Ready to start baking just as soon as you clean up after Thanksgiving Dinner? The Dover Church Women United are sponsoring their annual Cookies for Prisoners project and they will be packing up the cookies on Dec. 4 at Christ Episcopal Church that volunteer cookie bakers (like you and I) can bring to the kitchen there on Dec. 2 and Dec. 3 between 9 a.m. and noon. These gracious and thoughtful ladies ask that you do NOT use any nuts or peanut butter in your cookies and that you pack them in sturdy containers between layers of wax paper to prevent breakage. Two or three dozen cookies (or more!) would be a wonderful contribution.
I shamefully confess that for years I said to myself "Prisoners don't deserve homemade cookies" and then a still, small voice reminded me of these words from Matthew 25:40, "The King will reply, 'I tell you the truth, whatever you did for one of the least of these brothers of mine, you did for me.' "
I've already made up and frozen the dough for this project and I hope you'll plan to participate, too.
Brown Sugar Cookies with Ginger
(adapted from www.mykitchenintherockies.com)
3/4 cup butter, room temperature
1 1/4 cups dark brown sugar, packed
1 large egg, room temperature
2 cups all-purpose flour
2 teaspoons baking soda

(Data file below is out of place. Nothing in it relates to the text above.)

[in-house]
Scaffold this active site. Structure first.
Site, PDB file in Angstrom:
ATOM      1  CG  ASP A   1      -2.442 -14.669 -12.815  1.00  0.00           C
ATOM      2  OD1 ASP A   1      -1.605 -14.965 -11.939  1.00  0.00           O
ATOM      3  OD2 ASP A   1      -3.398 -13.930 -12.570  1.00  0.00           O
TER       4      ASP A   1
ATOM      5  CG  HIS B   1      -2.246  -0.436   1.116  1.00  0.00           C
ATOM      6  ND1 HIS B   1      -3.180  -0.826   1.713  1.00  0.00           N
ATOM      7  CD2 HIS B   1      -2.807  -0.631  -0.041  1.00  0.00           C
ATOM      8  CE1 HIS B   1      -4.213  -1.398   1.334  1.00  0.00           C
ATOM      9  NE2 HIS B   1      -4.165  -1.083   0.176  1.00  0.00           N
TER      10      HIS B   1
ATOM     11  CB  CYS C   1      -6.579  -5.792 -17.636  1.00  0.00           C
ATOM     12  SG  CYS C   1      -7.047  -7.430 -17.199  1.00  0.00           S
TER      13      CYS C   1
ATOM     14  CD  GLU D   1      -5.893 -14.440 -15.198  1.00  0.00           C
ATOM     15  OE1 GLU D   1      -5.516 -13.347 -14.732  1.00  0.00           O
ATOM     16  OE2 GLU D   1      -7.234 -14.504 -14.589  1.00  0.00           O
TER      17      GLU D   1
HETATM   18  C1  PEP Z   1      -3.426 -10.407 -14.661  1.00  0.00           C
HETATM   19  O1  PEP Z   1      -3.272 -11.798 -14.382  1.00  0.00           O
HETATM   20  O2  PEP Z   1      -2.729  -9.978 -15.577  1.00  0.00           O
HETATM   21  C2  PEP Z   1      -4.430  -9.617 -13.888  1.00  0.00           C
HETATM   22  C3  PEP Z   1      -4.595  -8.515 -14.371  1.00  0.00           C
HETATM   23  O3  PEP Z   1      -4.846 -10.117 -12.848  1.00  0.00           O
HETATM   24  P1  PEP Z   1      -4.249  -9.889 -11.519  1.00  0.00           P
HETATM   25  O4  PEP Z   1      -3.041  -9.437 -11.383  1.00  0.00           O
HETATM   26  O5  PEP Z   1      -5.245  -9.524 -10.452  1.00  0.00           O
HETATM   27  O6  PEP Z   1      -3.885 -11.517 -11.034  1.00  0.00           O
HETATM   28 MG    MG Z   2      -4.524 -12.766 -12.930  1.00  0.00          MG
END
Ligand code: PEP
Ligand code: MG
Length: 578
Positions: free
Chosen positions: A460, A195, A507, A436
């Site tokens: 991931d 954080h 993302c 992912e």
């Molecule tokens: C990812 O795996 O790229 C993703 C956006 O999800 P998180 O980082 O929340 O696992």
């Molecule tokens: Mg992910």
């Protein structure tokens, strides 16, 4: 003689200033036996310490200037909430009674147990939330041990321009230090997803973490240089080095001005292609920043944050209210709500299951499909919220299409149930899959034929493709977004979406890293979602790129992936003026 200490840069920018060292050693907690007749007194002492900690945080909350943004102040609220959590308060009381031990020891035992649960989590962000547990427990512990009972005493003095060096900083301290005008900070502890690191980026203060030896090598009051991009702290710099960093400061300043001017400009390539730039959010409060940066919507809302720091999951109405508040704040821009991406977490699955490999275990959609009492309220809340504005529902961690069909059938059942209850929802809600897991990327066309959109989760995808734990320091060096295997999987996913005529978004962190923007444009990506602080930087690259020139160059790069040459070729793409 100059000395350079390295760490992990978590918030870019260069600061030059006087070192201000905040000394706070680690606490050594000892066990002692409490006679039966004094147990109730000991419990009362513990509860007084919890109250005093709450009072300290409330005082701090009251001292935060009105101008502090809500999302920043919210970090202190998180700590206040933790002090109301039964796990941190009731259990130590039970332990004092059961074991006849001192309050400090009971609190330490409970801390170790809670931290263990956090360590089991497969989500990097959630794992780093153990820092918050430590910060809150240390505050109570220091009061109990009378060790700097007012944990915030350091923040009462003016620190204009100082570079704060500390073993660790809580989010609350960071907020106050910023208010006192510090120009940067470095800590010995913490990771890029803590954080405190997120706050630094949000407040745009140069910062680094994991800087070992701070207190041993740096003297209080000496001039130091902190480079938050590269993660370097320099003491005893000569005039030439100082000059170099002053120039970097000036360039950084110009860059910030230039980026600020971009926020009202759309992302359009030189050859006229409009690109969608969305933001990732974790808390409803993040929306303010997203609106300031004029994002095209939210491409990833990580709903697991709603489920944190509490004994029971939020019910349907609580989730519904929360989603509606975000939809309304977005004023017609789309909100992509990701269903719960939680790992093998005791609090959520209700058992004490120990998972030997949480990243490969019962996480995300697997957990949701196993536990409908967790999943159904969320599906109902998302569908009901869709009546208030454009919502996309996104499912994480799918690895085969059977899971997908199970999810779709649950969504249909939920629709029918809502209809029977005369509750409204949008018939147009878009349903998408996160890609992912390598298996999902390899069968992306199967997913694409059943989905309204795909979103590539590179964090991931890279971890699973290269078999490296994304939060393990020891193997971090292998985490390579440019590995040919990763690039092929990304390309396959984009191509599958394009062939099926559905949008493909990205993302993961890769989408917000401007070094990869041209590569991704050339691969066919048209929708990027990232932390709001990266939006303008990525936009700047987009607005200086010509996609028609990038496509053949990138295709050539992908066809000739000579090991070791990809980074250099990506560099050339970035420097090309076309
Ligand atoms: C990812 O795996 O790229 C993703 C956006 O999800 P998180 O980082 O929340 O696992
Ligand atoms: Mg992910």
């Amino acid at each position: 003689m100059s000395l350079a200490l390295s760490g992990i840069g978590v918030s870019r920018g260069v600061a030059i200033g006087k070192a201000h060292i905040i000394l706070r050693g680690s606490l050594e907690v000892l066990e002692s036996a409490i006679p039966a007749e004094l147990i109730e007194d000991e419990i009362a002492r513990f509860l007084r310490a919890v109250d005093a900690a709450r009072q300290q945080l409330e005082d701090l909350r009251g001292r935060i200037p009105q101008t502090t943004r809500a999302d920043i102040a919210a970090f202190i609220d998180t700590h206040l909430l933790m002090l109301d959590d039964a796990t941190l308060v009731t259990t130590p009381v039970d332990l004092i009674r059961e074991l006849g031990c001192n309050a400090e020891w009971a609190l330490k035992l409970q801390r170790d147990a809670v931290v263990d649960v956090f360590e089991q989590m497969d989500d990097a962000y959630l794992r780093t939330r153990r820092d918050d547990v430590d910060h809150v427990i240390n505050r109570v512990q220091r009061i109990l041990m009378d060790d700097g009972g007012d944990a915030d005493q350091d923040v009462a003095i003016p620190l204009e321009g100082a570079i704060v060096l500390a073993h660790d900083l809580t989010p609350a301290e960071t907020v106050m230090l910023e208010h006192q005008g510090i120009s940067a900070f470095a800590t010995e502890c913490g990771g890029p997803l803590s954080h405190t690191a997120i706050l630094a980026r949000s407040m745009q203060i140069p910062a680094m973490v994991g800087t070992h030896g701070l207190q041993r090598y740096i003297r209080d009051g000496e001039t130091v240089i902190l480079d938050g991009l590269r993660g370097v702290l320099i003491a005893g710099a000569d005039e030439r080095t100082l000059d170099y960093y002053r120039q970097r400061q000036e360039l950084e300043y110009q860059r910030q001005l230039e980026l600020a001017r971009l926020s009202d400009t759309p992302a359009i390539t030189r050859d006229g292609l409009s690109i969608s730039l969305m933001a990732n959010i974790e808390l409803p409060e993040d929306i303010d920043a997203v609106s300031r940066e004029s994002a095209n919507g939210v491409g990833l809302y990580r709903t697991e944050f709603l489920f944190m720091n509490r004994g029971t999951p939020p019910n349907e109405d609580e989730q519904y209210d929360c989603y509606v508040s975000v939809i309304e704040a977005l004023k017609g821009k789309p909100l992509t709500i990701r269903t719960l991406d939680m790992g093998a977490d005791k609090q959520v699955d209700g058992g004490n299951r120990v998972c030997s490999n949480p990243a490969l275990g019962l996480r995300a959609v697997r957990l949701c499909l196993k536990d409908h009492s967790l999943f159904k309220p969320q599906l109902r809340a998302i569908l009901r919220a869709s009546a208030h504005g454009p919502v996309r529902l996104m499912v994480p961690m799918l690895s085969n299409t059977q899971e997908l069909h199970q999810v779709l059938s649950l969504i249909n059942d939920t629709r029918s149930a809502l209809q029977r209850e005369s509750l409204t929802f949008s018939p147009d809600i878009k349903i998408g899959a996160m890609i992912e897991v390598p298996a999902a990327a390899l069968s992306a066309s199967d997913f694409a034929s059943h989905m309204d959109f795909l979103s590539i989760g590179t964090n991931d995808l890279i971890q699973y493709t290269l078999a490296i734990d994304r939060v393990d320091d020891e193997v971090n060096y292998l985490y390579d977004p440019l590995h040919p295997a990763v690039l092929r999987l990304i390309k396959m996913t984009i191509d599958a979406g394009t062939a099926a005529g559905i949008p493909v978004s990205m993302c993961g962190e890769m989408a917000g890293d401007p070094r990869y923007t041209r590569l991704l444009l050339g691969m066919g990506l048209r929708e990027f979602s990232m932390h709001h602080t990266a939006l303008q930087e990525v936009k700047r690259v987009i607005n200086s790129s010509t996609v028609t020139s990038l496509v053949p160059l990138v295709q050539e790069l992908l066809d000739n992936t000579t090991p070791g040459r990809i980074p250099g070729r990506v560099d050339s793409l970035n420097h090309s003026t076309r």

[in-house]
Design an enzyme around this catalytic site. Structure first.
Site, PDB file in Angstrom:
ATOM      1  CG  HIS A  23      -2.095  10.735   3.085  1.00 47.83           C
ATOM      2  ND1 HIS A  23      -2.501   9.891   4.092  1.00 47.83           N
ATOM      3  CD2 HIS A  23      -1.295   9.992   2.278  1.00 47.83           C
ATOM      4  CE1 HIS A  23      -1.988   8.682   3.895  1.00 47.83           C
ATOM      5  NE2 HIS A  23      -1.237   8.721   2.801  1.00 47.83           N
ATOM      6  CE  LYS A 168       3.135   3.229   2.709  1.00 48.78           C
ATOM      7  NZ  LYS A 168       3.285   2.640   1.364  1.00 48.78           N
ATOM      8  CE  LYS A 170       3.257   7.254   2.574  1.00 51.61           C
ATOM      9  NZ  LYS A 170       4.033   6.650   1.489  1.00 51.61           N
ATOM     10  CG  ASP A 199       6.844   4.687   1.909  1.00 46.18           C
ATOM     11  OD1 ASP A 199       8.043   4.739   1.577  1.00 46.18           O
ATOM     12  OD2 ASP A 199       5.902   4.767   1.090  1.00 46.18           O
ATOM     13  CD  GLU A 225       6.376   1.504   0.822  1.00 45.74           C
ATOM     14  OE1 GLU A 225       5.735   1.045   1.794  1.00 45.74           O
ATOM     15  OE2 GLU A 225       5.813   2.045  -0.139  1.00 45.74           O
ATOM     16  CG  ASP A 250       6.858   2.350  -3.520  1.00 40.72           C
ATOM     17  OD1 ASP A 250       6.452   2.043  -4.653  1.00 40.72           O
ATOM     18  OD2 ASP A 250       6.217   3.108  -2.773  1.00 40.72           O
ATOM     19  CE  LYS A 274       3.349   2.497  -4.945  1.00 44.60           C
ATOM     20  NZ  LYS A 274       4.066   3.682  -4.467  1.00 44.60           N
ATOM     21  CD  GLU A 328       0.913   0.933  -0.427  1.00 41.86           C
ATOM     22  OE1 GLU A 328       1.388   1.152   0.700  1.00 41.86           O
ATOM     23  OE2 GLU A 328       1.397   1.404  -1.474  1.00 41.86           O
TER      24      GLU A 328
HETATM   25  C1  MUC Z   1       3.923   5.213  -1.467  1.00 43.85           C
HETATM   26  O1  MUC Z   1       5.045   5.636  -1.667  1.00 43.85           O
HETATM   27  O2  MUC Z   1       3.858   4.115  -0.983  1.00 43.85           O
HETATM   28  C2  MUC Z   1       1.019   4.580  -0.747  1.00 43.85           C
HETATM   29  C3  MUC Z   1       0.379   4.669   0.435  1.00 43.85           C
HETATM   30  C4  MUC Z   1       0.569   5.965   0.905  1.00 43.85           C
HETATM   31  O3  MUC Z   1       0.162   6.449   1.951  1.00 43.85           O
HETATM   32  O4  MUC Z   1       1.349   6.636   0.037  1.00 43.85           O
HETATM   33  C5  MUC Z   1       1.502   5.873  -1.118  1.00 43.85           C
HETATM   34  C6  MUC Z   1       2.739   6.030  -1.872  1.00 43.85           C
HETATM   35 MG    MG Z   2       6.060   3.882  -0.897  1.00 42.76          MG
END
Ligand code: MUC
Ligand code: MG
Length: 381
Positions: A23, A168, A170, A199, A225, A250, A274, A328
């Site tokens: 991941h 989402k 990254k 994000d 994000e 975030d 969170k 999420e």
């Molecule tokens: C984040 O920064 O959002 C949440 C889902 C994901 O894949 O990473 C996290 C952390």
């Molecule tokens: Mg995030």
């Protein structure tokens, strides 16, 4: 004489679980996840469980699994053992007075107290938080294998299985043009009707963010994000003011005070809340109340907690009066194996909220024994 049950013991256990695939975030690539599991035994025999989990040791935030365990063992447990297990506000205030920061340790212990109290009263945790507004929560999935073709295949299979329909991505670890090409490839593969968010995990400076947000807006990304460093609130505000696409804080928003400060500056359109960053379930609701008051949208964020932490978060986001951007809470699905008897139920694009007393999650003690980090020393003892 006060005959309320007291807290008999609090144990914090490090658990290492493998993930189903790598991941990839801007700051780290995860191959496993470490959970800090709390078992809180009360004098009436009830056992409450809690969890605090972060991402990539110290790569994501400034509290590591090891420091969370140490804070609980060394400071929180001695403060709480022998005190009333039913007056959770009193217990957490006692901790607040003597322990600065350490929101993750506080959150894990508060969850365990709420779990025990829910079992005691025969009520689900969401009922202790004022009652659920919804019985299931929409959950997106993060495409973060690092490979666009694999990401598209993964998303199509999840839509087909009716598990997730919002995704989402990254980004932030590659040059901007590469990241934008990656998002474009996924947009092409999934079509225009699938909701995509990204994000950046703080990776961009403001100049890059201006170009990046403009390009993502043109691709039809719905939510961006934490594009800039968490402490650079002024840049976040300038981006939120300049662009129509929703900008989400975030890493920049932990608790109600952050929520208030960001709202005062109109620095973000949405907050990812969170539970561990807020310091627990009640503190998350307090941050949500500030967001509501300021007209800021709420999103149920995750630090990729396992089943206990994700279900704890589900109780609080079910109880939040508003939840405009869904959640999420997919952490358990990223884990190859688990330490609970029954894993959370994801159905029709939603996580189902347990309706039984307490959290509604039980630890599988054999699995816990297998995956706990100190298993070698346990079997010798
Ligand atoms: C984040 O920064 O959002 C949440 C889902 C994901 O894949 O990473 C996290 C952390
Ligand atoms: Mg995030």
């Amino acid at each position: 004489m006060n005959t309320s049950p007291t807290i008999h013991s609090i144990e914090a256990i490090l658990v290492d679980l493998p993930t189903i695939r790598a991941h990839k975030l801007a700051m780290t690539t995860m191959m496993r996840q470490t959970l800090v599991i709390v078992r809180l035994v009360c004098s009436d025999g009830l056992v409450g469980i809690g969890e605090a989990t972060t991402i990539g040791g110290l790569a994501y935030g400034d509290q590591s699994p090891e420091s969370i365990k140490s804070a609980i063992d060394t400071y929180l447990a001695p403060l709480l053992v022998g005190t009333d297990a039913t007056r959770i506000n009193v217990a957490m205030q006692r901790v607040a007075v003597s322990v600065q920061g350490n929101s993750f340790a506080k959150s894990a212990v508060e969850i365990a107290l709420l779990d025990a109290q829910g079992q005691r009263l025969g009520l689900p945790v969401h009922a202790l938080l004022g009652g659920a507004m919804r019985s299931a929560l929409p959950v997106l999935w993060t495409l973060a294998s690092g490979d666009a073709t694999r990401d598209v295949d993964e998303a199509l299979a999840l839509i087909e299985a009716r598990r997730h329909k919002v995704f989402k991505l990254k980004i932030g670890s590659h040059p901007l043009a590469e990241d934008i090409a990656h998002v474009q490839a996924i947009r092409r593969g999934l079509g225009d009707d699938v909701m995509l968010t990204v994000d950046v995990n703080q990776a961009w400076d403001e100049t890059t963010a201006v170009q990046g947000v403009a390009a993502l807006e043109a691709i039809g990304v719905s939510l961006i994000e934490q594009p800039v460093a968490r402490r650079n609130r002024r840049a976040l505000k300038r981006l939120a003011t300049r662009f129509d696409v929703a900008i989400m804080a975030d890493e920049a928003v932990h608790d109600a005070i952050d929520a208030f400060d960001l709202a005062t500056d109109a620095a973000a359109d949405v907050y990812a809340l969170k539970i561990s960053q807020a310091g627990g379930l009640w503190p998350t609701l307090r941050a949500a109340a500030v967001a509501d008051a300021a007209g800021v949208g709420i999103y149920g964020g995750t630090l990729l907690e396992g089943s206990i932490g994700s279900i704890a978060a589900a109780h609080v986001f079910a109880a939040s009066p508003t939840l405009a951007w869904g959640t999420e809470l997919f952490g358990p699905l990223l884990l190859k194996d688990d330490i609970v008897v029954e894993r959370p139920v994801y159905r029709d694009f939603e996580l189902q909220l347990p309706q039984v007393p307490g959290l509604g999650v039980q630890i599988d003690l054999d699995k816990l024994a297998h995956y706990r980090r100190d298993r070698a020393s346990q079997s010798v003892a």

1/2 teaspoon ground ginger
1/2 teaspoon ground cinnamon
Preheat oven to 375 degrees. Line two baking sheets with parchment paper or silicone pads; set aside. In a stand mixer with paddle attachment mix together butter and brown sugar, beating for six (6) minutes. Add the egg and mix well. In a separate bowl sift together flour, baking soda and spices. Slowly add flour mixture to the creamed butter mixture just until blended. Distribute tablespoon (or slightly smaller)-size dough drops onto the prepared baking sheets about 2 inches apart. (I used my faithful cookie scoop.) Bake for 8 to 12 minutes. Let cool on wire rack for a chewier cookie or on the baking sheet for a crunchier cookie. Makes about 4 dozen cookies.
Andes Crème de Menthe Chunk Cookies
(recipe from the back of a 10-ounce bag of Andes Crème de menthe baking chips)